It could be argued that in a girls’ school, switching pupils on to STEM subjects is easier because there is no gender stereotyping, and science is not seen as the preserve of men. Younger girls see the older ones as STEM subject mentors, setting up STEM-related clubs and societies, and participating in the national STEM challenges and Olympiads. All of this creates a ‘can-do’ attitude towards the sciences, but there is more to it than that. They are not seen in isolation but as part of a wider body of knowledge.

‘Real-world’ situations

The key I believe is to start girls young, to teach creatively and ensure there are plentiful enrichment opportunities where girls get to apply their knowledge in ‘real-world’ situations. So, for example, we have been inspired about artificial intelligence (AI) by a young alumna who is running her own highly successful consultancy in this sector. She ran workshops with our GCSE and A-level computing students, did a talk for prep girls and then a talk for STEAM, business and economics students interested in entrepreneurship. Young Enterprise is another platform for our budding STEAM students and entrepreneurs of the future, who are required to design a product and packaging, create a business plan and bring their product ‘to market’.

Ideas like these provide excellent platforms for building pupils’ self-confidence and know-how through hands-on applications. Although guided by teachers and professional mentors, the idea is to give pupils the independence to work things out for themselves.

Engaging children early

It is said children are naturally mini-engineers. They are strong on creative problem solving, building and tinkering, but formal classroom education doesn’t allow them the scope to make the most of their natural attributes. It is important for schools to aim to preserve this natural curiosity by engaging children early. Much of the work done at senior level can be translated, with a few tweaks, to younger girls. Our prep girls (aged 4 to 11) have done a Mini Young Enterprise challenge, as well as enjoying a STEAM club where they have programmed robots and created circuits to light up a doll’s house. They take part in the National Science and Engineering Week, where the whole school goes off curriculum to enjoy interactive workshops and all kinds of hands-on scientific challenges.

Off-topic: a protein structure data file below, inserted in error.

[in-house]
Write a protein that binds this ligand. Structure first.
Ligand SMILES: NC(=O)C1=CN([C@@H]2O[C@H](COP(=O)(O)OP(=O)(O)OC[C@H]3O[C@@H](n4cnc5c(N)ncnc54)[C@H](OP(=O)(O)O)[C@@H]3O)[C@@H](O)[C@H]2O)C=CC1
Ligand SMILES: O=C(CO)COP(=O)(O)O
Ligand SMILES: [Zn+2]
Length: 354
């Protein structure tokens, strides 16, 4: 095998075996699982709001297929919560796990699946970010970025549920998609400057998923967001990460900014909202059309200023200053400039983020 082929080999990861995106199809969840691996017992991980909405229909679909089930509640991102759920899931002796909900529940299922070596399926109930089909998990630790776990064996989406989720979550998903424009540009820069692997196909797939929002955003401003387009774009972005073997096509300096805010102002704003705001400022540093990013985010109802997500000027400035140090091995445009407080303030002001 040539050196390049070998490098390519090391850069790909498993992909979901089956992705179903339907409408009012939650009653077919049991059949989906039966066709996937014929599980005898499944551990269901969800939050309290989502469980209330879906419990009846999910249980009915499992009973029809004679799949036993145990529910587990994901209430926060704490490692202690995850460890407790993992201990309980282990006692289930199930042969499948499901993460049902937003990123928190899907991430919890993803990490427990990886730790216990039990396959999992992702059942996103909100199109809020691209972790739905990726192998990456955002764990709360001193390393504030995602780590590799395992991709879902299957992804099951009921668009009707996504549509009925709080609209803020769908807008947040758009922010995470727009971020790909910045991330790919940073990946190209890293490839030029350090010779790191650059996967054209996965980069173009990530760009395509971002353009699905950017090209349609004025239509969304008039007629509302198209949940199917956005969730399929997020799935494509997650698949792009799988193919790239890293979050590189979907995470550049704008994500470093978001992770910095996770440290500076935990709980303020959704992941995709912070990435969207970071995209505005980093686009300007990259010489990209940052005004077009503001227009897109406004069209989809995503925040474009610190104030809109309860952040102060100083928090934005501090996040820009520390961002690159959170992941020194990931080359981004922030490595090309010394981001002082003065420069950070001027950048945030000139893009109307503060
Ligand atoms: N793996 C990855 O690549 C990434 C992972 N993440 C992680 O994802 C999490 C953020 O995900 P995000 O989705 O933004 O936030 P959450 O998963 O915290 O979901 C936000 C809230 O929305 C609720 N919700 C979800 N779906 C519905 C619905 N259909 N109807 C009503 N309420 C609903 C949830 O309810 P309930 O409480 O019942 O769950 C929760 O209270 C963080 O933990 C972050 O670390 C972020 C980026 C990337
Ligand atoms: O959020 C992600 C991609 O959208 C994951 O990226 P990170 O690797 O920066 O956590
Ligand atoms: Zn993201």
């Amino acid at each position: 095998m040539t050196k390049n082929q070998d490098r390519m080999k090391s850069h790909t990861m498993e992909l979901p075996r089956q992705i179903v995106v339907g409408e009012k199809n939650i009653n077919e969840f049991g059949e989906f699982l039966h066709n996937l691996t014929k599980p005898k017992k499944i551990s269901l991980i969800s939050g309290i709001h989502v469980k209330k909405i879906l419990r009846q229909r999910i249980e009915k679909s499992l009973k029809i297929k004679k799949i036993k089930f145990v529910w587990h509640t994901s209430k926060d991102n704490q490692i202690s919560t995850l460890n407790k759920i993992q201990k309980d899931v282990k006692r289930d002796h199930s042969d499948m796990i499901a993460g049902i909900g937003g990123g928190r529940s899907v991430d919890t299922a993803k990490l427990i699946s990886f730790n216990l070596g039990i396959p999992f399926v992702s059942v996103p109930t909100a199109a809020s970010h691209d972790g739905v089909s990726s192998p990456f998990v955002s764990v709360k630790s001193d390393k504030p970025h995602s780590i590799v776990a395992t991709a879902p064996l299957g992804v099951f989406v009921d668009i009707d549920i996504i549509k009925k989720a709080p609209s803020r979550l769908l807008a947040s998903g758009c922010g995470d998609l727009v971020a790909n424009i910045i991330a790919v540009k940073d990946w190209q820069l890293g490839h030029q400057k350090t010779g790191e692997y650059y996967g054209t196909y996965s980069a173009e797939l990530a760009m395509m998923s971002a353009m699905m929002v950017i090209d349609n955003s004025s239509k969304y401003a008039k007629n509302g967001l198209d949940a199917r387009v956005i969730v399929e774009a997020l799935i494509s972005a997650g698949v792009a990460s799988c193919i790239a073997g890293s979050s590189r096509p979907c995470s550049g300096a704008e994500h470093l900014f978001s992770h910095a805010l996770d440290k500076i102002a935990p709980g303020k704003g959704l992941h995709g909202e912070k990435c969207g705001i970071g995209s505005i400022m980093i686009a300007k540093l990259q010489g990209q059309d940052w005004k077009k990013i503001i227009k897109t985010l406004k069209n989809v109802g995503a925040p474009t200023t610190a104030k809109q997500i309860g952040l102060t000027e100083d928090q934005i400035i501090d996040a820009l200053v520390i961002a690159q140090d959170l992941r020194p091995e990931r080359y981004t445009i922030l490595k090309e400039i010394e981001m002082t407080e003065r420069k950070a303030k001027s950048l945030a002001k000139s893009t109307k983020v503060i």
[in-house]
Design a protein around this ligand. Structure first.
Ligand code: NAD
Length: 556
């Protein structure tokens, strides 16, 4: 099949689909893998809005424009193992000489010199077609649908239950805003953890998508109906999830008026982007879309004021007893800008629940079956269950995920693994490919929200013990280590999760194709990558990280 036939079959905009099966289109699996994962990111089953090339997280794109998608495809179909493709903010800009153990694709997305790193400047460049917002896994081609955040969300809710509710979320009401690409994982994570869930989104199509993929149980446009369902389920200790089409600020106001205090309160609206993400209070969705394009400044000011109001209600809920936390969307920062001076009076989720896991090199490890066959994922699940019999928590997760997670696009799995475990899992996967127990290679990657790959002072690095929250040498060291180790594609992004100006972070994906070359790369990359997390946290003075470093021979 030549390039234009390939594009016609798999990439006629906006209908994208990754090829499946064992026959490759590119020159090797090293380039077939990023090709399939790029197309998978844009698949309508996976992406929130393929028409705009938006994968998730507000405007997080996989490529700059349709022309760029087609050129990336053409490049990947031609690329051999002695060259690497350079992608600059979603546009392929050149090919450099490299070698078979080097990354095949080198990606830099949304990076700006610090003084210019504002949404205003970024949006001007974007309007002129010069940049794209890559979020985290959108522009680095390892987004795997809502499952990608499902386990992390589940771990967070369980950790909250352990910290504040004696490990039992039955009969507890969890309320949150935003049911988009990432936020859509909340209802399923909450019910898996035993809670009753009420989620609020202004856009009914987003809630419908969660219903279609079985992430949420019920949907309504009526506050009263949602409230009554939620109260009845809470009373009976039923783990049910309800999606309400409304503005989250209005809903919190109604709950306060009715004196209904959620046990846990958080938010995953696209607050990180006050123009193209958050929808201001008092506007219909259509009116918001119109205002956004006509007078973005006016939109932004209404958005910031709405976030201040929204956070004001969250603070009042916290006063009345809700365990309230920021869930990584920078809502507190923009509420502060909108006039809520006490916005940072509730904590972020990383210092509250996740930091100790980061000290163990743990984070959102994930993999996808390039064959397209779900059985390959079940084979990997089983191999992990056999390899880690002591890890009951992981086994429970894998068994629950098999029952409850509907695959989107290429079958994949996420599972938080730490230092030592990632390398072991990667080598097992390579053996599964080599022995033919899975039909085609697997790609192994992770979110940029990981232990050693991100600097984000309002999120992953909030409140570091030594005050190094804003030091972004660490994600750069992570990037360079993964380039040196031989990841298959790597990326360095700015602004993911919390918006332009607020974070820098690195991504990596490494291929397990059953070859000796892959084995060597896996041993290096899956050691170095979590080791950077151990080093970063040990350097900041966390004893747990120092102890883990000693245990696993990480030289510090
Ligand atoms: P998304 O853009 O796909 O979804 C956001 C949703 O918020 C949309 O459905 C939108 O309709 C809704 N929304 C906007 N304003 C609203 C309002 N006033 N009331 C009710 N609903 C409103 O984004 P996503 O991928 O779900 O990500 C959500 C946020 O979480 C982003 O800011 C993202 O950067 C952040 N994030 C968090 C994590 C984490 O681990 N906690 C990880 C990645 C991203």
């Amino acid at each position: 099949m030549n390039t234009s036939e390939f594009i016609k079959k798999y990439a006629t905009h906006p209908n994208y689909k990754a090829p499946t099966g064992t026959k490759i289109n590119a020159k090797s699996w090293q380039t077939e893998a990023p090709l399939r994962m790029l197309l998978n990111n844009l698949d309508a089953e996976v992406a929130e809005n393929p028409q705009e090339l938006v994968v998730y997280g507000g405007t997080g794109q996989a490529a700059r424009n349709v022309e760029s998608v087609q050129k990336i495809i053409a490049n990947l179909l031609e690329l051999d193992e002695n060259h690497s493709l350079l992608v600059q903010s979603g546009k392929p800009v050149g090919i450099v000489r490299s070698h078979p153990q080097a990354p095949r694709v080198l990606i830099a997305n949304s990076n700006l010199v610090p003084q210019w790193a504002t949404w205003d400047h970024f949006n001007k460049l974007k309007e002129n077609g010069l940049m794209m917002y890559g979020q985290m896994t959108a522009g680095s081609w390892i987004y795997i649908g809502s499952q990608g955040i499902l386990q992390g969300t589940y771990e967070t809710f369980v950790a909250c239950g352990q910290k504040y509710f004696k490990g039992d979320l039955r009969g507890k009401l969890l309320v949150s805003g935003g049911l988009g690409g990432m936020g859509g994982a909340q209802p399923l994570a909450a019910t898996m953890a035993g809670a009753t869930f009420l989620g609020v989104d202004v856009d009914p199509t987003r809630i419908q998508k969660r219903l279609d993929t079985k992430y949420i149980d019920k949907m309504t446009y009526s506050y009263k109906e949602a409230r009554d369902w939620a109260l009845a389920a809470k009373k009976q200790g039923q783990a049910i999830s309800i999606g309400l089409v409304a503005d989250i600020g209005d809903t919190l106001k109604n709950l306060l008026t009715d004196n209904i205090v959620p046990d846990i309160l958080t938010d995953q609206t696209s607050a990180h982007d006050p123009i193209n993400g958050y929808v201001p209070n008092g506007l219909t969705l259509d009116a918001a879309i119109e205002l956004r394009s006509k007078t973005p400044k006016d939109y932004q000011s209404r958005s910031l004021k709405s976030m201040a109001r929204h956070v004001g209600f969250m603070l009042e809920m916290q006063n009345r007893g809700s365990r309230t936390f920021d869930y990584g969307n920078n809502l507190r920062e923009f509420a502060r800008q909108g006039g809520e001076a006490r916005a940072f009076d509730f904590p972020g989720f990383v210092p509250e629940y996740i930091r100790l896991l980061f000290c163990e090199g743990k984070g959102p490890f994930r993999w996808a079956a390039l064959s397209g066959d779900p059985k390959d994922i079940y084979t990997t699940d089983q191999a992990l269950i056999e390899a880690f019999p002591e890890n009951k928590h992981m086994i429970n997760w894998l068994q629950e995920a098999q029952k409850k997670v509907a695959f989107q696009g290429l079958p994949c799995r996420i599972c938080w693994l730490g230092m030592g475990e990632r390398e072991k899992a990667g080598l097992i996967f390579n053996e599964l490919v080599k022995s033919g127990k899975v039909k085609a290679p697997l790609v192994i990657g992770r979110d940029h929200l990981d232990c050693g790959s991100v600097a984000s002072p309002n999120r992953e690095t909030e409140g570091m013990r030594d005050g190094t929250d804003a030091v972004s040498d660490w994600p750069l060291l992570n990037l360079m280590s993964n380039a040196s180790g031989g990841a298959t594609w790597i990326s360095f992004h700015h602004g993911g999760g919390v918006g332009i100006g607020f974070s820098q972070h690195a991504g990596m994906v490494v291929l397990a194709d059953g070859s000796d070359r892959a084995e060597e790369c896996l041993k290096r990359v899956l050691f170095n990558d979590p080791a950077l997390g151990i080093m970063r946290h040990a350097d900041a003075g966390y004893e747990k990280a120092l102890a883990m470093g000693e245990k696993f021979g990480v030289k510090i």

Girls should not feel put off by the fact that the STEAM careers landscape is so sparsely populated by women. We use appropriate alumnae as STEAM ambassadors and evidence of where a STEAM career can take you. For example, alumna Professor Ursula Martin, a mathematician and computer scientist from Oxford University, came to talk to the girls about her career in academia: she was the first female professor in any discipline at the University of St Andrews since its founding in the fifteenth century. Another alumna, a neuroscientist at Imperial College, London, came to champion STEAM degrees and careers; and several scientists, architects, and engineers attended our past careers fairs. This kind of insight into what a STEAM career involves is hard for teachers to replicate.


We have also forged links with local engineering companies to provide work placements for girls in Year 11 and above to see STEAM in action. Most companies are keen to offer placements to girls in particular as they are acutely aware of the need to attract more women into their workplace. Whether it’s cybersecurity tasters through the Smallpiece Trust, getting involved with British Science Week, or undergraduate summer schools at various universities, up and down the country there are many opportunities for pupils to get the whole STEAM experience, and for girls to see other girls participating.


I firmly believe that, even in my generation, we will witness a sea change in the number of women opting for a life in STEM and this is because it will have been supported by STEAM studies at school. This is great news: having more of the best minds in the sector will ultimately benefit us all.